How to use SwissDock

Welcome to the documentation page of SwissDock. Here, you will find explanations and annotated images of the SwissDock input and results pages. This documentation uses Attracting Cavities as an example, but all concepts apply also to AutoDock Vina.

To do a docking with SwissDock you first need to choose the algorithm. Two options are available: Attracting Cavities 2.0 (AC) or AutoDock Vina (Vina). Then you need to 1) submit a ligand, 2) submit a target, 3) define a search space, 4) select your parameters, and 5) start the docking.


Choose a docking method

You can choose the docking algorithm by clicking on the tab corresponding to the one you want to use. You can also use one of the three examples by clicking on the corresponding bold text. This will fill the form with the desired ligand, target, and search space.

1 - Submit a ligand

You can submit a ligand in several ways, by writing a SMILES, uploading a Mol2 file (and a PDBQT file for Vina), using the sketcher, or using the advanced search link. Multiple file formats can be imported via the sketcher. Your molecule will appear in the text box in SMILES notation and will be drawn in the molecular sketcher. Once you selected a ligand, the "Prepare ligand" button will be red and active. A check mark will appear next to the button if the preparation was successful.

2 - Submit a target

You can submit a target by writing a PDB ID, uploading a PDB file (and a PDBQT file for Vina), or using the advanced search link. Your target will appear in the 3D viewer below. If you select a PDB ID or used the advanced search, you will have to select chain(s) and heteroatom(s) to keep for the docking. Once you selected a target, the "Prepare target" button will be red and active. A check mark will appear next to the button if the preparation was successful.

3 - Define search space

You need to define an orthorhombic search space in which the ligand will be docked. You can specify center and size values by using the boxes or by clicking on an atom in the 3D viewer. You can display several interactions using buttons below the viewer, as well as the protein surface.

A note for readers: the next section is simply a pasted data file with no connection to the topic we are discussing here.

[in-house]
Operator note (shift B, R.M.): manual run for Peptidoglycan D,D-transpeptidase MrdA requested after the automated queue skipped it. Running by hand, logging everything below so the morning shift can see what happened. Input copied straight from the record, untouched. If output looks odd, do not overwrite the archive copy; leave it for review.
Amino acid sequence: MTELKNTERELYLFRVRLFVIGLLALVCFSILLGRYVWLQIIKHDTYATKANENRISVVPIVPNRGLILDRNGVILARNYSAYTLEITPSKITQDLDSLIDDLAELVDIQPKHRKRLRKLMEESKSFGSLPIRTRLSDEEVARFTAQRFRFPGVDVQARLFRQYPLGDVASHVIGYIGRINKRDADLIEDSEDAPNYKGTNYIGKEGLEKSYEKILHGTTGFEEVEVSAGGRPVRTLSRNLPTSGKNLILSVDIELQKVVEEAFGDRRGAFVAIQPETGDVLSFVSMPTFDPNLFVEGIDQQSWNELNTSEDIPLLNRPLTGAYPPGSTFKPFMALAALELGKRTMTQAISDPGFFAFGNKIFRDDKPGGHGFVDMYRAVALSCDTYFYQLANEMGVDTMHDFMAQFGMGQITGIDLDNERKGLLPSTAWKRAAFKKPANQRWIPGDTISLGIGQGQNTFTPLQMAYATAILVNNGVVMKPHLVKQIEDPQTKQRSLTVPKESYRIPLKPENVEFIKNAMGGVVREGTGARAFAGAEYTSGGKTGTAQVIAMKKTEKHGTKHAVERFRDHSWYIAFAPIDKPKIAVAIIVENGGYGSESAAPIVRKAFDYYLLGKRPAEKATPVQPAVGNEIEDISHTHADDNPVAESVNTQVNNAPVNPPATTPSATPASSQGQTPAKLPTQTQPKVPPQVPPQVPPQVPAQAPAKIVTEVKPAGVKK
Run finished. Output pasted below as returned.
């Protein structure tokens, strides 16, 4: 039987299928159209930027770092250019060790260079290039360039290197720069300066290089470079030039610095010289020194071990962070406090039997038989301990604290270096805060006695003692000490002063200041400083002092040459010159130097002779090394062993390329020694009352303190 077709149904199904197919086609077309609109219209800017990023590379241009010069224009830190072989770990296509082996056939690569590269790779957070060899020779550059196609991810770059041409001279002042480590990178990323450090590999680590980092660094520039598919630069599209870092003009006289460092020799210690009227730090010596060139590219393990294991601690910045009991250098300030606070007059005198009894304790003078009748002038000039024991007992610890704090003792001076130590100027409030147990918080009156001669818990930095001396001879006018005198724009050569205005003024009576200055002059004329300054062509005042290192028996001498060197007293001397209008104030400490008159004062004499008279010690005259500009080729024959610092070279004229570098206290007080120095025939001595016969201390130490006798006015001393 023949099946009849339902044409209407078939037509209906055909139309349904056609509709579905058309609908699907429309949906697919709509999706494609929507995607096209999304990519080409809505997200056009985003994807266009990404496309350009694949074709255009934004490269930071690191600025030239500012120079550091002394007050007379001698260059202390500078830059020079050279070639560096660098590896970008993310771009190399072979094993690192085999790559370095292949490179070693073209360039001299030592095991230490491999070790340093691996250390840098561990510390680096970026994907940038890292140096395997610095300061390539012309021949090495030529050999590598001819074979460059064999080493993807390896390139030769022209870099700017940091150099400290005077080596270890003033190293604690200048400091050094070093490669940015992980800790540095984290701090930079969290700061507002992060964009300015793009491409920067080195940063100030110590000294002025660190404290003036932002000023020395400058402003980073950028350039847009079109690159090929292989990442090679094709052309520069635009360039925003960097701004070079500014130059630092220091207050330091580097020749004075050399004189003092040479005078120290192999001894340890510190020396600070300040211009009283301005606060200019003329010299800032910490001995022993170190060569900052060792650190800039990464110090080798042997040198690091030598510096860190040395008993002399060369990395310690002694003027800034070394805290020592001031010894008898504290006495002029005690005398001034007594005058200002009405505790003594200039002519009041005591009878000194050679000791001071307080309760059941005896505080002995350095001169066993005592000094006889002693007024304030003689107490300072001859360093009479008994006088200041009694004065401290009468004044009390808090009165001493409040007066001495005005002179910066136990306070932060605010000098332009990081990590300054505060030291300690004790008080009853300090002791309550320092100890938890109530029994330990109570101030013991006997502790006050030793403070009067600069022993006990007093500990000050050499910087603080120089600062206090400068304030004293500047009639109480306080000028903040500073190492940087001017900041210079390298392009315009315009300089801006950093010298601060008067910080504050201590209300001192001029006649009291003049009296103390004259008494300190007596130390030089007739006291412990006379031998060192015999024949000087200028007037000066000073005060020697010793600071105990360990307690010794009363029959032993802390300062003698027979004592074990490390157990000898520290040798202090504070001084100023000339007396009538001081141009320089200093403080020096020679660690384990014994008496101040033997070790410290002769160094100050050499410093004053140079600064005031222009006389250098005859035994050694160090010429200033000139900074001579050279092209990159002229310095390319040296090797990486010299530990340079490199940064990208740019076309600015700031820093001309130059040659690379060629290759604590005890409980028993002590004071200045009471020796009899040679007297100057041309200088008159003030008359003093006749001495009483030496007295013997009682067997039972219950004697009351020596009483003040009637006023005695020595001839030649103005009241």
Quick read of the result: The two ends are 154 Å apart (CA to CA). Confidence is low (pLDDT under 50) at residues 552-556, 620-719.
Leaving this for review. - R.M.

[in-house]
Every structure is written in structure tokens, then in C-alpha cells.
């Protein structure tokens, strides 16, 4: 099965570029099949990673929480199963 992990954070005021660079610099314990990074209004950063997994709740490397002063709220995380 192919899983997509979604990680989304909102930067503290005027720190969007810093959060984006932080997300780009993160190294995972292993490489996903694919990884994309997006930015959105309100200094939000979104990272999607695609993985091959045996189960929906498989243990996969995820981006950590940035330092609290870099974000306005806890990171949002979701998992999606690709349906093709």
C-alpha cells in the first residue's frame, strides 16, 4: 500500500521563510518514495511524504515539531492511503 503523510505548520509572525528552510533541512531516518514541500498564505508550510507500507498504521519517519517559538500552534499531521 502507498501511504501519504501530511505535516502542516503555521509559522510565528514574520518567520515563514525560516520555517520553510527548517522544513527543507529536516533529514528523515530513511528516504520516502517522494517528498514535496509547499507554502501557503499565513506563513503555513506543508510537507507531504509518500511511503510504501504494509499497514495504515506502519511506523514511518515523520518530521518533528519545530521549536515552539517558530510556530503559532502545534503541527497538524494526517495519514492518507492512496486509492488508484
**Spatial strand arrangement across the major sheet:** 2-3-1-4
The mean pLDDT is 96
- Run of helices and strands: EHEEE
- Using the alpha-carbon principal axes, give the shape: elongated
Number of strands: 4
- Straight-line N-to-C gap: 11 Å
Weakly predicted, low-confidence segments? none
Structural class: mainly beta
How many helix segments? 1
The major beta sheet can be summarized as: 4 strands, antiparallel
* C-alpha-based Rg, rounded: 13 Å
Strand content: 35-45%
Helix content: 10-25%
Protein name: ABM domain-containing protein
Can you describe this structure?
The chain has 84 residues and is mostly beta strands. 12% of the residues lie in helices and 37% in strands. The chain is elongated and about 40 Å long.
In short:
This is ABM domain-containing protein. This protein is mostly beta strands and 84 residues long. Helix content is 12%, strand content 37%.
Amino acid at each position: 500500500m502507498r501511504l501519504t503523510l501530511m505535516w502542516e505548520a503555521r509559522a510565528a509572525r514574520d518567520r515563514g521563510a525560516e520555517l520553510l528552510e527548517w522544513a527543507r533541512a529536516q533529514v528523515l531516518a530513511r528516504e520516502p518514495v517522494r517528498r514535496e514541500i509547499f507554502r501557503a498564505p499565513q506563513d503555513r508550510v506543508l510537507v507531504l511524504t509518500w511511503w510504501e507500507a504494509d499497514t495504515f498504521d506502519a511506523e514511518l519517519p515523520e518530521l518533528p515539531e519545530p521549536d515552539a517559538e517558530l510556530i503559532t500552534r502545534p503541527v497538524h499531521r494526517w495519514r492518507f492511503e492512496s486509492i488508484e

4 - Select parameters

For AC, you can specify the Random Initial Conditions (RIC) parameter, with a default value of 1. You can also show extra parameters and 1) define the sampling exhaustivity between low, medium (default), or high values, corresponding to 180°, 90°, and 60°, 2) define the cavity prioritization between buried (default), medium, or shallow values, corresponding to 70, 60, and 50. Please refer to the reference of AC 2.0 for definitions of these parameters.

For Vina, you can define the sampling exhaustivity between 1 and 64, with a default value of 4.

Once you successfully prepared a ligand and a target and selected your parameters, you can click on the "Check parameters" button that will become red and active. This will check if your docking input is OK and estimate the calculation time. You can run your docking job if the computational time is less than 2 hours for AC, and 10 minutes for Vina. A check mark will appear if your job is autorized to run.

5 - Start docking

Before starting a docking job, you can enter an email address to receive a message at the end of the calculation. You can also specify a name to distinguish between dfferent jobs. Once you checked and validated your job, the "START DOCKING" button becomes red and active. You can click on it to start your job.


Once you started a docking job, you will be automatically redirected to a waiting page. Here, you can find the summary of your query, the estimated execution time, the status of the calculation, and a progress bar. You can click on the "STOP JOB" button if you want to cancel your docking job. If you provided an email address you can close the page, otherwise you should leave it open or bookmark the results link provided. The page is automatically refreshed to inform you of the status of your job.


Once the docking job is finished, you are automatically redirected to the results page. At the top you will find a summary of your query and the 2D representation of your ligand, which you can send to other SwissDrugDesign tools using the interoperability icons. You can also retreive the SMILES notation of the ligand.

Below the query and ligand boxes, you will find a 3D viewer displaying your target and the calculated ligand poses. Above the 3D viewer, icons allow to download your results as a zip file or to send a link to this page by email. Below the 3D viewer, a table containing ligand poses ranked by their score is displayed.

For AC, you can rank poses by their AC score or by their SwissParam score by clicking on the respective header. You can also display a table showing best members of each cluster, or a table for each cluster.

You can click on a row of the table to visualize the corresponding ligand pose in the 3D viewer. Its 3D structure will appear, and a zomm will show interactions between the pose and the target. You can choose to show different interactions by clicking on interaction buttons below the viewer. You can also display the protein surface. It is possible to visualize multiple ligand poses by holding shift and clicking on several rows.

Other information

If you need help with the command-line, you can find documentation here.

If you need more help on the web interface, please have a look at the tutorial videos here.

Answers to frequently asked questions can be found in the FAQ page,here.